Our friends at Chessable continue to deliver high-quality content for anyone who wants to improve as a chess player. In this article, Sean Marsh, a chess writer and Chief Trainer for Chess in Schools and Communities, takes a look at Indian GM S.P Sethuraman's new course on one of the sharpest ways for Black to meet the Ruy Lopez opening: The Jaenisch Gambit.
The Jaenisch Gambit is one Black’s sharpest ways to meet the Ruy Lopez opening.
After 1 e4 e5 2 Nf3 Nc6 3 Bb5, Black plays 3 …f5.
This aggressive variation is named after Carl Jaenisch (1813-1872). A strong player in his day, Jaenisch was also a respected chess theorist.
Adolf Schliemann (1817–1872) is another name usually associated with the gambit, although Jaenisch played it first. In fact the naming of this system has been inconsistent for some time. The Schliemann Defence is another version, but The Schliemann-Jaenisch Gambit is currently a popular name for this variation, in honour of both players.
There is even a discrepancy over the use of the word ‘gambit’ because White has no fun at all after accepting it with 4.exf5 and the vast majority of games will see the gambit declined.
Black is aiming to avoid the generally slow play associated with the main lines of the Ruy Lopez and to create immediate tactical problems.
3…f5 has clear similarities with both the King’s Gambit (1.e4 e5 2.f4) and the Latvian Gambit (1.e4 e5 2.Nf3 f5). Black is exposing his own king along the h5-e8 diagonal (already a sensitive area before 3…f5) and starting trouble while behind in development. However, a player armed with special knowledge of this gambit will have very good practical chances, especially if the gambit comes as a surprise to the opponent.
One big factor in Black’s favour is that White must immediately start making big decisions. The e-pawn is a proud soldier in White’s Ruy Lopez army and it is one the first player is loathe to part with. Yet to try and refute Black’s play, White may need to part with it in the first few moves.
4.Nc3 and 4.d3 are the two most common moves and Black needs to do plenty of homework.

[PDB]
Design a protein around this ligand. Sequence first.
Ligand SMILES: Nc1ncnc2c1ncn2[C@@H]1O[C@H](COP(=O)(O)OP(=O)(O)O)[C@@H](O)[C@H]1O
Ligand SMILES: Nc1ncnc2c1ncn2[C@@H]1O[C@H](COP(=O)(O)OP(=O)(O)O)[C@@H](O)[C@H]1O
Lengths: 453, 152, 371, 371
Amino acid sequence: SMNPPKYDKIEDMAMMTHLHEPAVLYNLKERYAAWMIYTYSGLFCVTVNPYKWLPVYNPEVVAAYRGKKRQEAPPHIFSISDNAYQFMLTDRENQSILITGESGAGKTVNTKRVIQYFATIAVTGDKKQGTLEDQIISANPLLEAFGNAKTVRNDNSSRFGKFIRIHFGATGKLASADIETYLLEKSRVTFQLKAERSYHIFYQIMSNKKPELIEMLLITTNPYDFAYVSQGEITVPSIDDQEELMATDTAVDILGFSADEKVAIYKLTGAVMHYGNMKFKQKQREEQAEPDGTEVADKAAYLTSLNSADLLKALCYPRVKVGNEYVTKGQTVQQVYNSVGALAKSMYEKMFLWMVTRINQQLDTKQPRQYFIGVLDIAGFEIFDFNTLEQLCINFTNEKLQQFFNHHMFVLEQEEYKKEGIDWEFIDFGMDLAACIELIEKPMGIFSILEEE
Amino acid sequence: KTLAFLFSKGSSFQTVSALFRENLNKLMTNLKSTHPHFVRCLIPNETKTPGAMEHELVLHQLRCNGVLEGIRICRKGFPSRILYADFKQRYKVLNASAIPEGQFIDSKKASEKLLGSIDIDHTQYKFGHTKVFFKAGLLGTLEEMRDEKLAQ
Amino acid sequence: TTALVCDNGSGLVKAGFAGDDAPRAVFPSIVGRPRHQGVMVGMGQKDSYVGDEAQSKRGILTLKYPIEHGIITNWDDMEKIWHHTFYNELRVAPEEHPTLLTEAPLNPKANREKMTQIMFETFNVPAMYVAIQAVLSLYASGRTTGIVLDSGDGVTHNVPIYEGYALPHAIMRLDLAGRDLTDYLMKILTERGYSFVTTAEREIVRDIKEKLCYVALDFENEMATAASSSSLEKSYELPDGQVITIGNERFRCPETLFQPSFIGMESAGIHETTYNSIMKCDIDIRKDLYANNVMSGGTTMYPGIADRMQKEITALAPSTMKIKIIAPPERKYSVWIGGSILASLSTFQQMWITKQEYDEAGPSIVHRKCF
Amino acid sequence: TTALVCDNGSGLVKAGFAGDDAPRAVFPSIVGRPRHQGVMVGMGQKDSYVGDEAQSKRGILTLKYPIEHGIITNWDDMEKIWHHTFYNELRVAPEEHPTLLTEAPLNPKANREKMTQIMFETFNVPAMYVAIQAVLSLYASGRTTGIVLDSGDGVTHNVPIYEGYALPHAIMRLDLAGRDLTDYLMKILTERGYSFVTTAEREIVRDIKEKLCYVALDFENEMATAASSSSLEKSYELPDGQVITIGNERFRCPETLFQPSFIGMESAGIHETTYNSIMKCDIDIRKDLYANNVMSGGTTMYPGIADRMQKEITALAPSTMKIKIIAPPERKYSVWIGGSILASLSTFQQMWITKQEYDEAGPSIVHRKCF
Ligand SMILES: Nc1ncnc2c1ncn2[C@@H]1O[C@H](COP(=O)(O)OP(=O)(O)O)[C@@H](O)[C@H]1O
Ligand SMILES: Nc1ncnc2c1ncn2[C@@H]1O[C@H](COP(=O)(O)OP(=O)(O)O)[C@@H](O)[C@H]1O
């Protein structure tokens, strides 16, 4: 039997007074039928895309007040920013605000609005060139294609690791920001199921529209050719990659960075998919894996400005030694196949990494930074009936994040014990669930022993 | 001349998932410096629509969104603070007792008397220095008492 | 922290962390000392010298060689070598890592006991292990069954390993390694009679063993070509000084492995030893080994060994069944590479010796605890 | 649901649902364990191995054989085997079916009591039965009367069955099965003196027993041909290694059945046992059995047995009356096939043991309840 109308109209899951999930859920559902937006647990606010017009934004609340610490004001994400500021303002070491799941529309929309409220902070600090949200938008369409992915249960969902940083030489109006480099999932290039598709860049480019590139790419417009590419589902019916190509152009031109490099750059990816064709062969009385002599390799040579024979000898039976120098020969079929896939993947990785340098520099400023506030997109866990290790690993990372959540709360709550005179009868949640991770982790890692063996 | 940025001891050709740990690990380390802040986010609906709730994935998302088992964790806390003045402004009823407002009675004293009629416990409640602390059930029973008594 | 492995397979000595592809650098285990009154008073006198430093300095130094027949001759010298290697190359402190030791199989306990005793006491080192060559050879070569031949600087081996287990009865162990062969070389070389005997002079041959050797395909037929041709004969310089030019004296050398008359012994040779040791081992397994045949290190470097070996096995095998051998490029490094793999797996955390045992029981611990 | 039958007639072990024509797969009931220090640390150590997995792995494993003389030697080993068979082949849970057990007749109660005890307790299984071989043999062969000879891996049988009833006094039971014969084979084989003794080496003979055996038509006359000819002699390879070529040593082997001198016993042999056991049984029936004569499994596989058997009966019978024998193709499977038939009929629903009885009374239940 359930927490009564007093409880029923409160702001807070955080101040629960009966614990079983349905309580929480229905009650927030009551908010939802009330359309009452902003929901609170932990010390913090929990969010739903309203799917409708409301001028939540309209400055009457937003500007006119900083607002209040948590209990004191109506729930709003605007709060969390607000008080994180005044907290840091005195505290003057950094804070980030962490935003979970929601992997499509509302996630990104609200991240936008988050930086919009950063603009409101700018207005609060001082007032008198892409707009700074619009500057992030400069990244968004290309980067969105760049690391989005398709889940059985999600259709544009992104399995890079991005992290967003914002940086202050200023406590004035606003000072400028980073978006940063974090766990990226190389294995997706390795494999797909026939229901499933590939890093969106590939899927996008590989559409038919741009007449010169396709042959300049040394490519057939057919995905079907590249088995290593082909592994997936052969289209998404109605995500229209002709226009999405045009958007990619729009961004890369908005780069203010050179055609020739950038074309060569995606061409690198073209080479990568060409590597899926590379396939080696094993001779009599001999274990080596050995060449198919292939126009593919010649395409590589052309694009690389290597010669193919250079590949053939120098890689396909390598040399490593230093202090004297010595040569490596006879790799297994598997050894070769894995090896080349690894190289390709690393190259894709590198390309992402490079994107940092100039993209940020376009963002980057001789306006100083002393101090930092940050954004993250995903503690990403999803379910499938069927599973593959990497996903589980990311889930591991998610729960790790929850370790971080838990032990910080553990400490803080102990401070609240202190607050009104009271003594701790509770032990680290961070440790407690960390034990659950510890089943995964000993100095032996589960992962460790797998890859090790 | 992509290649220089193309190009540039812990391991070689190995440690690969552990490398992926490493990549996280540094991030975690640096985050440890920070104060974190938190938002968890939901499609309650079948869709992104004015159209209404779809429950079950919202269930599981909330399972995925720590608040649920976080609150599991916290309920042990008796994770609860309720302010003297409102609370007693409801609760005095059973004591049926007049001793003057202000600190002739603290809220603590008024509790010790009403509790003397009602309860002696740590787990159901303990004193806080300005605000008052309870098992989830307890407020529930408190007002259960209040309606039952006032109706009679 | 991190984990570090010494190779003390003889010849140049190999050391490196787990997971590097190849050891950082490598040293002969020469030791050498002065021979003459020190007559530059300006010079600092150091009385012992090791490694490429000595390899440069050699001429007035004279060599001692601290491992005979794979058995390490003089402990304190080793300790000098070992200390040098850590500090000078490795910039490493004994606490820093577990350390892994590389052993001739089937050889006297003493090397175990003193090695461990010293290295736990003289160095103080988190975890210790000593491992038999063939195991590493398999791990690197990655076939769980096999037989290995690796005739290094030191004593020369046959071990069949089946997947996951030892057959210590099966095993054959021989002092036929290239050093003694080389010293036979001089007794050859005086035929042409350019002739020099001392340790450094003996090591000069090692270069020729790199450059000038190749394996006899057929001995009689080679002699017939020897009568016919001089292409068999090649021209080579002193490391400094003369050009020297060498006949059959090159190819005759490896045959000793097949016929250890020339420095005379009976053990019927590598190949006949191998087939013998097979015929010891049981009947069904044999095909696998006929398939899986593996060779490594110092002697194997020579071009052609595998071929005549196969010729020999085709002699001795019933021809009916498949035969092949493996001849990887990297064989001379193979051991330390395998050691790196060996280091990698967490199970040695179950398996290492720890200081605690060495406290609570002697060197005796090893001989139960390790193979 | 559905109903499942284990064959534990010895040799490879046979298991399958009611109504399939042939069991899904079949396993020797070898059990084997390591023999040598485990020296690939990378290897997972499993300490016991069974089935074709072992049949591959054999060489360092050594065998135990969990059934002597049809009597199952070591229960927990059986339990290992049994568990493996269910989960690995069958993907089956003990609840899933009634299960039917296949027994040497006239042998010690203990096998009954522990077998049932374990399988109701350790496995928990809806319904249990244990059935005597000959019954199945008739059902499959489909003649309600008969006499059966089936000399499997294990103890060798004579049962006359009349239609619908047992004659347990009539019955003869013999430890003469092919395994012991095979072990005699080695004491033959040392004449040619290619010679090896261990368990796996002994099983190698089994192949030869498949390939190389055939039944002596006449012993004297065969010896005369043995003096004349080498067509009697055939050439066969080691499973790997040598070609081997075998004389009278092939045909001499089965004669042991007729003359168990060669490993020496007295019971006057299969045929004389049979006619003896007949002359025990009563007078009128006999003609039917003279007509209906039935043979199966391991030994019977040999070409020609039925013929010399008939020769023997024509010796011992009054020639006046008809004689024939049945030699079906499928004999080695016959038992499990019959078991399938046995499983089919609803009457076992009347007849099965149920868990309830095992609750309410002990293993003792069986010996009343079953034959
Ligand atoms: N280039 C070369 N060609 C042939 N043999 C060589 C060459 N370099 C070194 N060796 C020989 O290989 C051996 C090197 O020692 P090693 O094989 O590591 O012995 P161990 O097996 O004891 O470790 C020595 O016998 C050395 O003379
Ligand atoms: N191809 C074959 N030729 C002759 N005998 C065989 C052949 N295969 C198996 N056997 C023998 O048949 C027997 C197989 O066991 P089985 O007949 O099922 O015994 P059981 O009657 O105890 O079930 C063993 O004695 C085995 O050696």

4.d4 and 4.Bxc6 are rarer options, although Black needs to know some specific lines to avoid falling into trouble.
Accepting the gambit with 4.exf5, giving up the centre without a fight, is far too compliant. Black can seize the initiative with 4…e4.
4.Nc3 is a testing line and it is best met by 4…fxe4 5.Nxe4.
Now Black should keep away from the older line of 5…d5 and play the sounder 5…Nf6 instead. After the subsequent 6.Nxf6+ Qxf6 we reach this position.
This demonstrates some of Black’s main ideas. The f-file has been opened up and White’s e-pawn has been removed, leaving Black with more centre pawns than the opponent.
Black’s queen has come out very early on in the game and that is something which usually comes at a price: either the queen will have to lose time after being attacked, or the minor pieces will be left at home for a little longer.
On the other hand, the black queen takes up an aggressive post and this ties in with Black’s game plan. After Black castles kingside, the queen will be lined up very nicely with the king’s rook. Note also that White’s queen’s knight has left the board, so attacking the queen via e4 or d5 is no longer possible.
Finally, the Black queen can be used to block a check from the white queen landing on h5, in some circumstances.
The new course on The Thrilling Jaenisch Gambit by Grandmaster S.P. Sethuraman should be of interest to all players looking to add some bite to their repertoire after 1 e4 e5.
You can find Sethuraman's course examined in greater detail in the following blog post.
If you're a Premium member you can also check out Dutch GM Roeland Pruijsser's course here on chess24!
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